- The Washington Times - Wednesday, August 4, 2004

Metro is scrambling to fund an emergency command center and high-tech sensors that detect chemical and biological weapons in the subway in the wake of the elevated terror alert that prompted officials to shut down city streets and set up checkpoints around the U.S. Capitol.

Metro officials said yesterday they will intensify lobbying for a $32 million request that is before congressional appropriations committees to fund construction of a backup command center.

The ability to maintain control of trains and monitor stations after a catastrophic event long has been Metro’s top priority, but the latest terror threat has forced the issue, officials said.

“The new Orange Alert underscores the urgency that these type of requests warrant,” said Lisa Farbstein, a spokeswoman for Metro.

Homeland Security Secretary Tom Ridge on Sunday increased the terror threat alert to Code Orange after “unusually specific” intelligence indicated that al Qaeda was planning attacks on five financial institutions in the District, New York and New Jersey.

D.C. Mayor Anthony A. Williams immediately raised the city’s alert level, and the Metropolitan Police Department heightened security around the World Bank and International Monetary Fund in Northwest, two institutions identified in the threat.

Since the alert, Metro has sent SWAT-style troops armed with MP5 machine guns to patrol the stations. The U.S. Capitol Police closed a portion of First Street NE and set up more than a dozen traffic checkpoints around the Capitol.

Miss Farbstein said the alert will drive a more aggressive pursuit of funding from the Homeland Security Department and other government agencies for a variety of anti-terrorism programs which include:

• An expanded use of sensors to detect chemical and biological weapons.

• Preparations to enable the subway system to “recover” from a terrorist attack.

• Extra training of Metro employees and regional emergency workers for responding to an attack.

Yesterday, D.C. officials said the new street closures and security checkpoints around the Capitol complicated the city’s emergency evacuation plans and could strangle the city’s economy.

“I do believe if we start closing down streets one after another after another, it is going to have a dampening effect on the economy,” Mr. Williams said yesterday at his weekly press briefing. “With every fiber of our being as local leadership, we have to push back against this.”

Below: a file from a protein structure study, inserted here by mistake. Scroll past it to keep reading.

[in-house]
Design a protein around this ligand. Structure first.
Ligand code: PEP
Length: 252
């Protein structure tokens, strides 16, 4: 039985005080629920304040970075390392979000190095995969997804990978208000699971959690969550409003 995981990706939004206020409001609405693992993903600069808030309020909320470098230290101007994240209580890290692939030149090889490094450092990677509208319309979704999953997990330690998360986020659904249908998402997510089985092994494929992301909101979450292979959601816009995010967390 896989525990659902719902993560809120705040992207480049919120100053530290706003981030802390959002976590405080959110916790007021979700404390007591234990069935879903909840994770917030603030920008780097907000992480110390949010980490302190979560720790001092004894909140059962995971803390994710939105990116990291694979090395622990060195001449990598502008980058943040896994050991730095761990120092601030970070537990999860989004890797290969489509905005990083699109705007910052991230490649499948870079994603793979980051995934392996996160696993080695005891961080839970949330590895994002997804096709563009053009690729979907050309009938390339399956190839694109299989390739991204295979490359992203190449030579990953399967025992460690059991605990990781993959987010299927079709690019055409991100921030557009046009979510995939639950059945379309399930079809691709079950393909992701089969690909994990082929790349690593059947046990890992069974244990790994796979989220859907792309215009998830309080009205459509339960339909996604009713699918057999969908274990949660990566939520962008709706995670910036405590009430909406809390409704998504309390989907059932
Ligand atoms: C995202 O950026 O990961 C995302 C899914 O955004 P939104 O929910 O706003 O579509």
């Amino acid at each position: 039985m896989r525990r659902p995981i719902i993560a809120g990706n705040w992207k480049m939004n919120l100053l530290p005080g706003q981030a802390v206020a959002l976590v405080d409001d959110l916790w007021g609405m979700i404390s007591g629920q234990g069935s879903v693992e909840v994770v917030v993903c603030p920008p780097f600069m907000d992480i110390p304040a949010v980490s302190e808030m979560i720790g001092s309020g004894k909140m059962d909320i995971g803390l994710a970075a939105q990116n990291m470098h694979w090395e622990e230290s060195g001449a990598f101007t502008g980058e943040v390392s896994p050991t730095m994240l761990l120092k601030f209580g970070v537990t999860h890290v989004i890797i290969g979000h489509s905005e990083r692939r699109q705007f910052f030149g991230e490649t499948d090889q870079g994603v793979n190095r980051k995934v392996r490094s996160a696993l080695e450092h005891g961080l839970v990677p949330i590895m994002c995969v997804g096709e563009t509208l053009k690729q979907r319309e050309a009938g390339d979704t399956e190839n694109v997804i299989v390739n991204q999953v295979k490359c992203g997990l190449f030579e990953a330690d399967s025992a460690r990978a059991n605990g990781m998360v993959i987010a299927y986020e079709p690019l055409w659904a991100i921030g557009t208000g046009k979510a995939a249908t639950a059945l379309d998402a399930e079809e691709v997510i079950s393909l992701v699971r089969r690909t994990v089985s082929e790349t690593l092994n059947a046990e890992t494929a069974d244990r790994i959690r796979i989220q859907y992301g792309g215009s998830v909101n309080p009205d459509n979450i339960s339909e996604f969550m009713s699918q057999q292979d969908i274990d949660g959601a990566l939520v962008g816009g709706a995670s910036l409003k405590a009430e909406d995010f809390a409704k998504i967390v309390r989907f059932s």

Mr. Williams conceded that his efforts were not succeeding.

“Not apparently so far, but we will continue to push,” he said.

D.C. Police Chief Charles H. Ramsey said the city’s evacuation plans would be hampered by jersey walls demarcating checkpoints on First and Second streets and on Constitution, Independence, Maryland, New Jersey and Pennsylvania avenues.

“You put jersey barriers in the middle of the street on a major evacuation route, and it’s not like you can pick up a jersey bar and carry it to the side,” Chief Ramsey told WTOP Radio yesterday. “The solution is not opening and shutting down streets. … We’ve got to come up with permanent solutions to secure Washington, D.C.”

William Hanbury, president and chief executive officer of the Washington, D.C., Convention and Tourism Corporation, said at the mayor’s press briefing that tour groups or conventions have not canceled reservations, and hotel occupancy rates remain high.

However, Mr. Hanbury warned that continued publicity of the terror threat eventually would deter visitors.

“We have to have a welcoming, accommodating city,” Mr. Hanbury said. “We cannot have a closed shop, or it will start to have an effect.”

Miss Farbstein also said the alert had not kept away Metro riders.

The system carried 706,000 riders Tuesday, which is about 31,000 more riders than usual, she said.

Meanwhile, state police in neighboring Maryland began inspecting every truck entering the District on Route 50 as part of the anti-terrorism offensive.

The trucks are diverted onto Route 301, where police have set up a temporary inspection station with portable truck scales. The effort began Tuesday.

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